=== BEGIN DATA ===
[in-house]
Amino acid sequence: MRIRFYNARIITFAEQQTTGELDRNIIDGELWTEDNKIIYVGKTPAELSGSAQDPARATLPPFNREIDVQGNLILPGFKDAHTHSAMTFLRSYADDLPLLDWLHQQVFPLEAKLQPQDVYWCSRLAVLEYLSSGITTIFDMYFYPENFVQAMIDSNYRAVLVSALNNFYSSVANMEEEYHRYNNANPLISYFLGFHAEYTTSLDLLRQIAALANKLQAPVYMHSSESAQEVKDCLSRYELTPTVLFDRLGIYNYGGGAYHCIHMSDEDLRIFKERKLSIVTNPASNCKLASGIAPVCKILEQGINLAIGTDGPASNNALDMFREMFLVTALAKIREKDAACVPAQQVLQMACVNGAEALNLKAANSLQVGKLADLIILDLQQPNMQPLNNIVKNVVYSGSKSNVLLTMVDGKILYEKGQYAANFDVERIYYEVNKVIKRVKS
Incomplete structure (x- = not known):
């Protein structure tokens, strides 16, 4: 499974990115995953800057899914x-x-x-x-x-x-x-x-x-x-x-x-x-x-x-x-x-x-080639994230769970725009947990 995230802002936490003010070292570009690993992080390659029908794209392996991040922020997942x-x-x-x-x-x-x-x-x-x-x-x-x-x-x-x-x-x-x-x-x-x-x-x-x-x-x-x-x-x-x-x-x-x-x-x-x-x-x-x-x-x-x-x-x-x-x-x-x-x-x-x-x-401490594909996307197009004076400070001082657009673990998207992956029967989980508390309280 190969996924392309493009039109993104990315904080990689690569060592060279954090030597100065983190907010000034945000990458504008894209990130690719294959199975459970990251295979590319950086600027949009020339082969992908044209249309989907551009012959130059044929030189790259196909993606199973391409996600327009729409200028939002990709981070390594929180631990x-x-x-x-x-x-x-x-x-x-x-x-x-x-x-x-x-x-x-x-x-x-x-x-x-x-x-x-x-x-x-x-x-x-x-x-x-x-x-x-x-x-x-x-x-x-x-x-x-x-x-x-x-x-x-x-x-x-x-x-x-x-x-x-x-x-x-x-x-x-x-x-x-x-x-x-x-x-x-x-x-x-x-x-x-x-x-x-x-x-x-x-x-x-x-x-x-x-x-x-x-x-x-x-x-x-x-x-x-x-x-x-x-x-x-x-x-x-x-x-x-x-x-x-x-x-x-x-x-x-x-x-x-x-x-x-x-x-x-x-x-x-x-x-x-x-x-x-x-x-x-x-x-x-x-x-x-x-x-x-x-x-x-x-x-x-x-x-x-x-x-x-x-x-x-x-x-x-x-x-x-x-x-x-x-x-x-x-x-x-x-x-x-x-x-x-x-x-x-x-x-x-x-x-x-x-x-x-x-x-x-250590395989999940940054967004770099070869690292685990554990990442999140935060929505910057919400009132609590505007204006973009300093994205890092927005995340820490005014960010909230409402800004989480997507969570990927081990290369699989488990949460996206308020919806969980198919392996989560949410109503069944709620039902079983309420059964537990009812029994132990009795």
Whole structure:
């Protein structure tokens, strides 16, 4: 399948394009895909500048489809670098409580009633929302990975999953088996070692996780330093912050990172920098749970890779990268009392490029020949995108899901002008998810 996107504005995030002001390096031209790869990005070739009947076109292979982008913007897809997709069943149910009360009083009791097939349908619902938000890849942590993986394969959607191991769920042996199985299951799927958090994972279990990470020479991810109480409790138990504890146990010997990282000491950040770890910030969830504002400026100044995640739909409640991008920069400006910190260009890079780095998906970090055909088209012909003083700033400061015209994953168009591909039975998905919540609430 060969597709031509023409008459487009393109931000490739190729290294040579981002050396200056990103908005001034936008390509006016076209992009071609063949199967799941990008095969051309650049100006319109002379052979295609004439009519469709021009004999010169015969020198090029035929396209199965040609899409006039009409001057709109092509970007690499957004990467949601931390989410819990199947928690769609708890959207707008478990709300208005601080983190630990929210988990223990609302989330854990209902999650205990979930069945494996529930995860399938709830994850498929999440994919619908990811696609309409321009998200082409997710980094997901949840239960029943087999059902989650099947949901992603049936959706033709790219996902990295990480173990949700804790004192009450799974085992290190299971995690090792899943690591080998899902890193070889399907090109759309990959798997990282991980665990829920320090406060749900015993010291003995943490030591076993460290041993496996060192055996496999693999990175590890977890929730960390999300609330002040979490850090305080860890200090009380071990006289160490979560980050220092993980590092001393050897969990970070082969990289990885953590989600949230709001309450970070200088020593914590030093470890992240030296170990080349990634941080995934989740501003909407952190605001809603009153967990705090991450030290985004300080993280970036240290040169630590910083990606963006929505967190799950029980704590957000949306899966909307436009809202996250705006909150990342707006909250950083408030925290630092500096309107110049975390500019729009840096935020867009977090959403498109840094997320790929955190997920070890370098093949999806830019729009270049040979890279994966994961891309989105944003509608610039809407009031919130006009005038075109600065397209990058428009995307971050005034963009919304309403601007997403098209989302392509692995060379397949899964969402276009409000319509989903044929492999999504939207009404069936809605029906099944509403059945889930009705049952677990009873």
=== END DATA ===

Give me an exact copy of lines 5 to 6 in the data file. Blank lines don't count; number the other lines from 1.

Whole structure:
């Protein structure tokens, strides 16, 4: 399948394009895909500048489809670098409580009633929302990975999953088996070692996780330093912050990172920098749970890779990268009392490029020949995108899901002008998810 996107504005995030002001390096031209790869990005070739009947076109292979982008913007897809997709069943149910009360009083009791097939349908619902938000890849942590993986394969959607191991769920042996199985299951799927958090994972279990990470020479991810109480409790138990504890146990010997990282000491950040770890910030969830504002400026100044995640739909409640991008920069400006910190260009890079780095998906970090055909088209012909003083700033400061015209994953168009591909039975998905919540609430 060969597709031509023409008459487009393109931000490739190729290294040579981002050396200056990103908005001034936008390509006016076209992009071609063949199967799941990008095969051309650049100006319109002379052979295609004439009519469709021009004999010169015969020198090029035929396209199965040609899409006039009409001057709109092509970007690499957004990467949601931390989410819990199947928690769609708890959207707008478990709300208005601080983190630990929210988990223990609302989330854990209902999650205990979930069945494996529930995860399938709830994850498929999440994919619908990811696609309409321009998200082409997710980094997901949840239960029943087999059902989650099947949901992603049936959706033709790219996902990295990480173990949700804790004192009450799974085992290190299971995690090792899943690591080998899902890193070889399907090109759309990959798997990282991980665990829920320090406060749900015993010291003995943490030591076993460290041993496996060192055996496999693999990175590890977890929730960390999300609330002040979490850090305080860890200090009380071990006289160490979560980050220092993980590092001393050897969990970070082969990289990885953590989600949230709001309450970070200088020593914590030093470890992240030296170990080349990634941080995934989740501003909407952190605001809603009153967990705090991450030290985004300080993280970036240290040169630590910083990606963006929505967190799950029980704590957000949306899966909307436009809202996250705006909150990342707006909250950083408030925290630092500096309107110049975390500019729009840096935020867009977090959403498109840094997320790929955190997920070890370098093949999806830019729009270049040979890279994966994961891309989105944003509608610039809407009031919130006009005038075109600065397209990058428009995307971050005034963009919304309403601007997403098209989302392509692995060379397949899964969402276009409000319509989903044929492999999504939207009404069936809605029906099944509403059945889930009705049952677990009873």